J. Darris Mitchell
Walkin' and Talkin'
A commitment to a volunteer organization has taken up much of my time this month so not a ton to report on works in process.
I have managed to outline a new project that will take place in the Archipelago (same world as A Crown of Cobwebs). I’m pretty happy with it and have been tinkering with a few bits. I’m trying to decide if I should try to power through and write a rough draft over the week between Xmas and New Year’s or use that week to start revision on The Crane and the Wolf in earnest. The new project sounds more fun, but that’s kind of a point for revising the old one. I like writing new things; revision is less fun. Either way, I need to finish my volunteer work for 2020 first. But I’m almost done! 2 more hours of training to go!
My one-year-old is now walking and talking! His favorite words are “kitten,” and “tickle.” The second word he uses while he wiggles his fingers and totters towards a target like a tiny, chubby-cheeked kaiju. He has yet to realize that humans and cats can be tickled (sort of on the cats?) but that a bowl of black beans or a piece of bread cannot be tickled. Apparently it a subtle distinction. Who knew?
We abstained from Thanksgiving, and in doing so broke the hearts of both of our kids’ grandmothers. We are now trying to engineer the guardrails for a safe Xmas. Both families have agreed to outdoors, but I’m not sure what’s that worth when they seem physically incapable of not touching their grandbabies. I think we’ve all been keeping safe, so its probably fine, but I have a feeling that quite a few families performed this exact same bit of mental logical gymnastics before heading off to Thanksgiving and adding to our country’s newest Covid-19 spike.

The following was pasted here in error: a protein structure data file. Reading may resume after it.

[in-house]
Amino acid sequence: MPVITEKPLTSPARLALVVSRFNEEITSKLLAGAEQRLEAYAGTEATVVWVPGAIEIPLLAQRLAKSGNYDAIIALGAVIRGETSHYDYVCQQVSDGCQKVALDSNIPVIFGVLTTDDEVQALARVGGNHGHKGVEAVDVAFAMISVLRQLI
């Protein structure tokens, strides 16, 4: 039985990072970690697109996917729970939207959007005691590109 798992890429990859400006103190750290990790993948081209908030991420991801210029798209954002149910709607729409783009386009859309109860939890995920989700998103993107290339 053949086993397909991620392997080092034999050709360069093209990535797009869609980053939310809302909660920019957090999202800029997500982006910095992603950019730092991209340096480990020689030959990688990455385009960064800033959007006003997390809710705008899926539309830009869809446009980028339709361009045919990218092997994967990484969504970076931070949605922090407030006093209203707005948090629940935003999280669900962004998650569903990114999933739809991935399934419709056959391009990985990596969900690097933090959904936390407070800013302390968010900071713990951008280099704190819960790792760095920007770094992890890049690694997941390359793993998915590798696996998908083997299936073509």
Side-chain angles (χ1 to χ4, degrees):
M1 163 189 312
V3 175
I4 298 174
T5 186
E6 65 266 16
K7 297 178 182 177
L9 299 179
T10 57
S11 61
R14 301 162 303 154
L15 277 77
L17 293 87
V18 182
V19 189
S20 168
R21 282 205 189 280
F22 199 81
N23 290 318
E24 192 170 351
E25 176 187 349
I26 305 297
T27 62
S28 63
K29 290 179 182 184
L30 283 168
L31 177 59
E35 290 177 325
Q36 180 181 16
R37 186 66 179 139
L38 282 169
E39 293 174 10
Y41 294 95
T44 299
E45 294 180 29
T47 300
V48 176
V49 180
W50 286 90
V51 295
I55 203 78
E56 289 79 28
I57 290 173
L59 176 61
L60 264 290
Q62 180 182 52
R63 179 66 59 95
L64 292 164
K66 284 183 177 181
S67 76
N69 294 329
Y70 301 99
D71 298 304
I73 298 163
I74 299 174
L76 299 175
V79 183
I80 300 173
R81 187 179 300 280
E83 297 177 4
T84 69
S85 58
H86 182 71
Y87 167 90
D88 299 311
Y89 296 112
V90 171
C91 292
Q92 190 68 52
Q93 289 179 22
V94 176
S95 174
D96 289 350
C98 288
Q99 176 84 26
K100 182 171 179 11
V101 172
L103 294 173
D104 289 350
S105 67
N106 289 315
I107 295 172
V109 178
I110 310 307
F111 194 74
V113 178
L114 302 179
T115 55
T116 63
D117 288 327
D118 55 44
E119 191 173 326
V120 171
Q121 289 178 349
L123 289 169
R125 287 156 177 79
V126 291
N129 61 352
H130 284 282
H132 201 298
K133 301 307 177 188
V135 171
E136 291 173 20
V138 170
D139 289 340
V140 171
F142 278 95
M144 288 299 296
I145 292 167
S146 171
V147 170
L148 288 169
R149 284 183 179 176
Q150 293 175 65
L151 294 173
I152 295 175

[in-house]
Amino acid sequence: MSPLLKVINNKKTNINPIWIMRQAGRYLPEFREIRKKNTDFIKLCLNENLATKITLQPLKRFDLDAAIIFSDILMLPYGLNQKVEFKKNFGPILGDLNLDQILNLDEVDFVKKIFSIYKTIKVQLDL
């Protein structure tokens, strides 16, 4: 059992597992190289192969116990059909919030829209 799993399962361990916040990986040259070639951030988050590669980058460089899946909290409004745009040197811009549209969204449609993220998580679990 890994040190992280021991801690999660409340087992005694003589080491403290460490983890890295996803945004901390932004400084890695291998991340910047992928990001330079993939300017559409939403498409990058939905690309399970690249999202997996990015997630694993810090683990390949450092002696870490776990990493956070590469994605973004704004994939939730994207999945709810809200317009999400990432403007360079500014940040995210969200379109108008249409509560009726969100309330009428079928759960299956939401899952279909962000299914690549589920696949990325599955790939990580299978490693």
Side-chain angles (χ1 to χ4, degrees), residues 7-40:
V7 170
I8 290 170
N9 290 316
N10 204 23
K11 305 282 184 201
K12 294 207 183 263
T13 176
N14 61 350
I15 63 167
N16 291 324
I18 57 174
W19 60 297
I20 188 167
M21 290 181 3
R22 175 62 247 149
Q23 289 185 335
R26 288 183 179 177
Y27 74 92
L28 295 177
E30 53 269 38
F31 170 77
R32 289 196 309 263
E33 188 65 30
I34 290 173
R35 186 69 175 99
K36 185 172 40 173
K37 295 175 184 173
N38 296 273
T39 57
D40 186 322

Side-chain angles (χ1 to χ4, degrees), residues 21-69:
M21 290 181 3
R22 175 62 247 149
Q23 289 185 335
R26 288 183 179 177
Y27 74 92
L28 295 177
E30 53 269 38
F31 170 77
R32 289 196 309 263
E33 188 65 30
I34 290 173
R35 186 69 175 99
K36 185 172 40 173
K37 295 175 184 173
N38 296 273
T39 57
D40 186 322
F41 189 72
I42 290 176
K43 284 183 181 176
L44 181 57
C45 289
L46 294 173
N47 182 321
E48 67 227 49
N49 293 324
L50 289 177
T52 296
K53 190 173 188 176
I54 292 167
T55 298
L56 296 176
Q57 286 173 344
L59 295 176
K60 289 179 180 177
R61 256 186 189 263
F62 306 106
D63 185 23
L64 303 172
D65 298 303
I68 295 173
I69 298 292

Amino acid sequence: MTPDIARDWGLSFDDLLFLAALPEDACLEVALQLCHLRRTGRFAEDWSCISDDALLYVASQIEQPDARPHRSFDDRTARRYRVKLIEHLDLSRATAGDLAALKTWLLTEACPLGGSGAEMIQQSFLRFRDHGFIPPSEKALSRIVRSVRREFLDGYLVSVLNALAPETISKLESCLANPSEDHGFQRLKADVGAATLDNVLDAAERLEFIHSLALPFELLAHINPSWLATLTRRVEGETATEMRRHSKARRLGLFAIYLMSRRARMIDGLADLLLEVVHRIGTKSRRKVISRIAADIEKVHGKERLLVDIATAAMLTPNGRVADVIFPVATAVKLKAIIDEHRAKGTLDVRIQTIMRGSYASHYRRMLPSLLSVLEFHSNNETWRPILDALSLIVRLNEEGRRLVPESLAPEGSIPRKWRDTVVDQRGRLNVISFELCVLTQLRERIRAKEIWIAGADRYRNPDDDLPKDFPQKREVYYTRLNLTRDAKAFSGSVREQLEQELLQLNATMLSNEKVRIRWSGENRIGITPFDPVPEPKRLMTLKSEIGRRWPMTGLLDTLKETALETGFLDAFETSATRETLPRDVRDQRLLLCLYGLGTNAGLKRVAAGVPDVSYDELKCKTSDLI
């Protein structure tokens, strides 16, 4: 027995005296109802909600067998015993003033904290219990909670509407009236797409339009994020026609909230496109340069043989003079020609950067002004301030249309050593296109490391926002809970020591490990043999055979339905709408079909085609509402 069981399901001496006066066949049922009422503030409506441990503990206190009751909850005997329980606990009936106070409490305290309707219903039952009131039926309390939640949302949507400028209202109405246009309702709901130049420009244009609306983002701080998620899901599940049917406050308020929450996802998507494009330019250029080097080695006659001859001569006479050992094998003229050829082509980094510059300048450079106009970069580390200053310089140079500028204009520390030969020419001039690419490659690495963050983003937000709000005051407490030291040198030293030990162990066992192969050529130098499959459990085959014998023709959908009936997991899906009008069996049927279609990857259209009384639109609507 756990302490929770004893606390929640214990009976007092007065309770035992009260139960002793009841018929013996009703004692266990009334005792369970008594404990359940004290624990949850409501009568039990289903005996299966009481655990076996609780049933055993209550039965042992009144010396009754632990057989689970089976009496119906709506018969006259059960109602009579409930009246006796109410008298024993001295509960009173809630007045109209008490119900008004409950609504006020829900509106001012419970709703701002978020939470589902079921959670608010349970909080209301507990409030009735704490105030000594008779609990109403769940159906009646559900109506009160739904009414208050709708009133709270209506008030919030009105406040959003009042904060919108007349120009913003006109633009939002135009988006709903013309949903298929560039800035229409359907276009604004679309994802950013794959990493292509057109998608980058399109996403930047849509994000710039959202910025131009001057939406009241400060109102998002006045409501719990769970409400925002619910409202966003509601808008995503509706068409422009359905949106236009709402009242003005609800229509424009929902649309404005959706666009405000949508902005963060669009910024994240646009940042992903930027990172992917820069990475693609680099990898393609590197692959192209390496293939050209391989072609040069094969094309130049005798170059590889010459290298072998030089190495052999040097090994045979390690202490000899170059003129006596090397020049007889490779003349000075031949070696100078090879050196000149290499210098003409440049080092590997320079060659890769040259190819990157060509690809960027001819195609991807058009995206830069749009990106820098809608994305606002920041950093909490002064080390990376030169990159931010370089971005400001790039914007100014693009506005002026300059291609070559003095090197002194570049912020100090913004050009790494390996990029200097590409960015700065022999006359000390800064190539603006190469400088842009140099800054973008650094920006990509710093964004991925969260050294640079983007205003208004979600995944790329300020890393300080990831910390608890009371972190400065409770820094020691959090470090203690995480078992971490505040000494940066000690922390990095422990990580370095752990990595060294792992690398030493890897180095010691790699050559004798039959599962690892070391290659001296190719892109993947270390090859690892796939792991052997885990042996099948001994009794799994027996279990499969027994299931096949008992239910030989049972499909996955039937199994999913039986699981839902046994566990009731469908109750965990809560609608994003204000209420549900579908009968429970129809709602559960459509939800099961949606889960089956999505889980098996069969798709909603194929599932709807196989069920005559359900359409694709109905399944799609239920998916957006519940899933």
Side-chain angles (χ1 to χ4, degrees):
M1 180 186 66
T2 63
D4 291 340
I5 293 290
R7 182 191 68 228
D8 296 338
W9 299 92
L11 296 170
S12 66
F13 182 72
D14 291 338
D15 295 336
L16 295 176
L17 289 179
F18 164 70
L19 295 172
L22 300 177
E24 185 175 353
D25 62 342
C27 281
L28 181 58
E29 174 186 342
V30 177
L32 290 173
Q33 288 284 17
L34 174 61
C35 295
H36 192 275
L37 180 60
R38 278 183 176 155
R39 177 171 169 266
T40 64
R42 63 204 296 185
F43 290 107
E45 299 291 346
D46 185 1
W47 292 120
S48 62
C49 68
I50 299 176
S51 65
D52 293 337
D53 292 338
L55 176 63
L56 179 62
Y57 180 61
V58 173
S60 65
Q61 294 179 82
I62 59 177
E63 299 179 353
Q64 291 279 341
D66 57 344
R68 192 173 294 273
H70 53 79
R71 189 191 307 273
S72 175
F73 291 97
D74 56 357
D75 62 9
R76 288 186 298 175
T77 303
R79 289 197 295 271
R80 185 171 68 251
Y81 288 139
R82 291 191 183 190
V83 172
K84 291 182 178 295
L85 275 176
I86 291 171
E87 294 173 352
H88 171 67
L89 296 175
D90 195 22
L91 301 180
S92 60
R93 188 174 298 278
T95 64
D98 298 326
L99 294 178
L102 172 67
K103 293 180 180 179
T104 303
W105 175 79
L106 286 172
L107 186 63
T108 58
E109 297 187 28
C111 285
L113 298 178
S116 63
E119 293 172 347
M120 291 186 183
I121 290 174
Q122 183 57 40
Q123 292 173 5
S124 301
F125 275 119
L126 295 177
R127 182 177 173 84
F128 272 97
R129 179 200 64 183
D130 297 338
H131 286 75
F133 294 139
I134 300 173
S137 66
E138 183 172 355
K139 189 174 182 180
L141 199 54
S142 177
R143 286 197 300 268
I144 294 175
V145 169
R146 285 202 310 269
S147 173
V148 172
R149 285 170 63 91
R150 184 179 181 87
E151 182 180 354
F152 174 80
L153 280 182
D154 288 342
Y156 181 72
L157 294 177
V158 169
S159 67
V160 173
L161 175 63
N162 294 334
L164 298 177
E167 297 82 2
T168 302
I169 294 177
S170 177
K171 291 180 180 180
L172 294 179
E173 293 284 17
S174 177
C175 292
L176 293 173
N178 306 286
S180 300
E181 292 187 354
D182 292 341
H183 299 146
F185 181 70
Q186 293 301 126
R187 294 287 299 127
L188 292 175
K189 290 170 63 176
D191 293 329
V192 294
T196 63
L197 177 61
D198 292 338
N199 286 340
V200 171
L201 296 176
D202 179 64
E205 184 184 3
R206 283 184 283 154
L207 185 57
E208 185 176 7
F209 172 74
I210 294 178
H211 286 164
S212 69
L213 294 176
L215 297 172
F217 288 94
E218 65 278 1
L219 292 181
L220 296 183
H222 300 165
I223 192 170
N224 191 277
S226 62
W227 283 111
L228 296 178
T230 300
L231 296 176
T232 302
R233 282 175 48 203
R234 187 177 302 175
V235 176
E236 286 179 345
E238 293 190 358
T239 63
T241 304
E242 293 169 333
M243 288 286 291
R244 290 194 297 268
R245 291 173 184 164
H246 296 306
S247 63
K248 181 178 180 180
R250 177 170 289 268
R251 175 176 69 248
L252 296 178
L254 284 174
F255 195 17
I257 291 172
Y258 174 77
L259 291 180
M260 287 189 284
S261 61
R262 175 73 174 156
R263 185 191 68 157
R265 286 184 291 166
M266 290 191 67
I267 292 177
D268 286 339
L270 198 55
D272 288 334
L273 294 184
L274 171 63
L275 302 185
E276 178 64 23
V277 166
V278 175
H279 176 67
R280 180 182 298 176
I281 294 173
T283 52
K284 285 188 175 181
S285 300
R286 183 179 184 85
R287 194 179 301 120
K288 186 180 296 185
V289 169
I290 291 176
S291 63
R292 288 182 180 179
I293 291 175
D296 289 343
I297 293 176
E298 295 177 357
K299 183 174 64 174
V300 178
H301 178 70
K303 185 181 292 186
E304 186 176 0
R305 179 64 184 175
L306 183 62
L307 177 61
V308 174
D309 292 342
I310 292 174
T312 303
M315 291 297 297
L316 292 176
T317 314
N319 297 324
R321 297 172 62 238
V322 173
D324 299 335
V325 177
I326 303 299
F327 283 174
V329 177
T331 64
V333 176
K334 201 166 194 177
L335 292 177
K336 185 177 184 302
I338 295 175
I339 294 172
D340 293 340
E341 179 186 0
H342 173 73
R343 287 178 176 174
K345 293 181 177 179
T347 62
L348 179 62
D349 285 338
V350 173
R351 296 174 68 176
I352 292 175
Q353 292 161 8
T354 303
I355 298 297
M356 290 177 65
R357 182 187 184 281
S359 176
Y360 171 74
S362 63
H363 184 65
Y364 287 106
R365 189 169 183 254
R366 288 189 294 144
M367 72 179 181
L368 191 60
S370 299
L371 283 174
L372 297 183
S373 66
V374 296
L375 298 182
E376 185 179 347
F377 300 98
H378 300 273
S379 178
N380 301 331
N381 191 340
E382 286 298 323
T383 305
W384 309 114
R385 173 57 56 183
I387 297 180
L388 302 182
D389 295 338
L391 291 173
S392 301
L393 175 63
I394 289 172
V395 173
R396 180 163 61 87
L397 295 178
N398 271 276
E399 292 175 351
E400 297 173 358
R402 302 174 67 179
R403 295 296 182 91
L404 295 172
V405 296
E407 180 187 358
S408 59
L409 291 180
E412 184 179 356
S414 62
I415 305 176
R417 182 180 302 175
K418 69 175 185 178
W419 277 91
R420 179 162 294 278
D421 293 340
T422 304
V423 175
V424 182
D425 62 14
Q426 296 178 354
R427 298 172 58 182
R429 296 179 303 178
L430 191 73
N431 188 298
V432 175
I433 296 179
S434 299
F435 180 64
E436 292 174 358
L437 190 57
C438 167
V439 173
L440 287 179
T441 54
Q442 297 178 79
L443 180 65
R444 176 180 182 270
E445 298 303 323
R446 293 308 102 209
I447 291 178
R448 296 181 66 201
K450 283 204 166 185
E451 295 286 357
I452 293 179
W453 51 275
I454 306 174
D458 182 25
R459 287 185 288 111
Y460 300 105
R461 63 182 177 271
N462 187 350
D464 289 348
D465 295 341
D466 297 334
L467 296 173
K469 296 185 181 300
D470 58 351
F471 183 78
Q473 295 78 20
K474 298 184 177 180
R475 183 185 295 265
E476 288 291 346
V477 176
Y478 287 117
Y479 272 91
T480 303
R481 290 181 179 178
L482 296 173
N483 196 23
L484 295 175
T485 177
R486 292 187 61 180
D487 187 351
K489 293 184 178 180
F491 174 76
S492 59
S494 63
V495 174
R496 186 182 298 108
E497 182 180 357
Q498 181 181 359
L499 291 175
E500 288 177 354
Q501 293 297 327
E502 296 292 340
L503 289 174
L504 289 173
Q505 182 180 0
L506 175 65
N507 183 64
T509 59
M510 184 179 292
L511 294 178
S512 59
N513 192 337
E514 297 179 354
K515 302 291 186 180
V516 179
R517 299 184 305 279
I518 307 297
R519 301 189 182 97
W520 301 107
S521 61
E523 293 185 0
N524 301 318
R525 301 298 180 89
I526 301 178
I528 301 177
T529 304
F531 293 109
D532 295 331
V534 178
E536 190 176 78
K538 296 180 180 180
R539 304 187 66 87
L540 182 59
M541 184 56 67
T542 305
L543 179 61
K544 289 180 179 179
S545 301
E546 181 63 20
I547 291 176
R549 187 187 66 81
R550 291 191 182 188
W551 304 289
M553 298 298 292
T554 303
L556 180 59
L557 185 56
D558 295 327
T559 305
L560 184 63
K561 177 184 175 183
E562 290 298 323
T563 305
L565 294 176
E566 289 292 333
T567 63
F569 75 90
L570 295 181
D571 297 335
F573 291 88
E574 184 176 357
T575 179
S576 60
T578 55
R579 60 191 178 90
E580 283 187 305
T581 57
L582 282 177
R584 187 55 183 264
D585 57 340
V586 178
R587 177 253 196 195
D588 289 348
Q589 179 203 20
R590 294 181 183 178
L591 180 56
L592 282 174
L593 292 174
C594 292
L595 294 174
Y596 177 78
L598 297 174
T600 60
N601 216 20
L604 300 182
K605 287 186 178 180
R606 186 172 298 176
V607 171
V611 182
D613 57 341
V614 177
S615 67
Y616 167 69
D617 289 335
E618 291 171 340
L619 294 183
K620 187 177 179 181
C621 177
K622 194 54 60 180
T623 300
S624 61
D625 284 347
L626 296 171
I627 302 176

Saying, ‘well, we have been safe,’ feels a bit delusional to me. At the end of the day, we’re all apes trying to fight an invisible threat that won’t even make some of us sick… apes that drink wine. Fortunately, the holidays have always stressed me out, so I’m accustomed to the conflicting emotions.
Bird of the Week
The cold weather has brought strange and beautiful visitors to Travis County. I ventured to the western tip of the county to see a group of Mountain Bluebirds who came down to get out of the cold. Eastern Bluebirds are regular residents of central Texas, and I expected this montane variety to look much the same. However, they proved to be something special. With feathers the cool blue of a chilly winter sky, and no orange on their bellies, these bluebirds looked like they really did belong to a land of pine trees and deep snow.
I also managed to spot a Canyon Wren, a white-throated, orange tailed lil’ birb who was just tweetin’ his lil’ heart out from his perch on a dead branch.
I have seen 245 species of birds in Travis County THIS YEAR, making me the tenth nerdiest bird nerd in town! This weekend is Christmas Bird Count, an annual event where people go out and count all the birds! I am eager to lend my expertise, such as it is, but also am trying to balance staying safe. Birders are often retirees, and I do not want to spend eight hours with six 65+ year-olds. I think I’m Covid-19 free, but also not so competitive that I want to risk infecting those on the leader boards so I can pull ahead.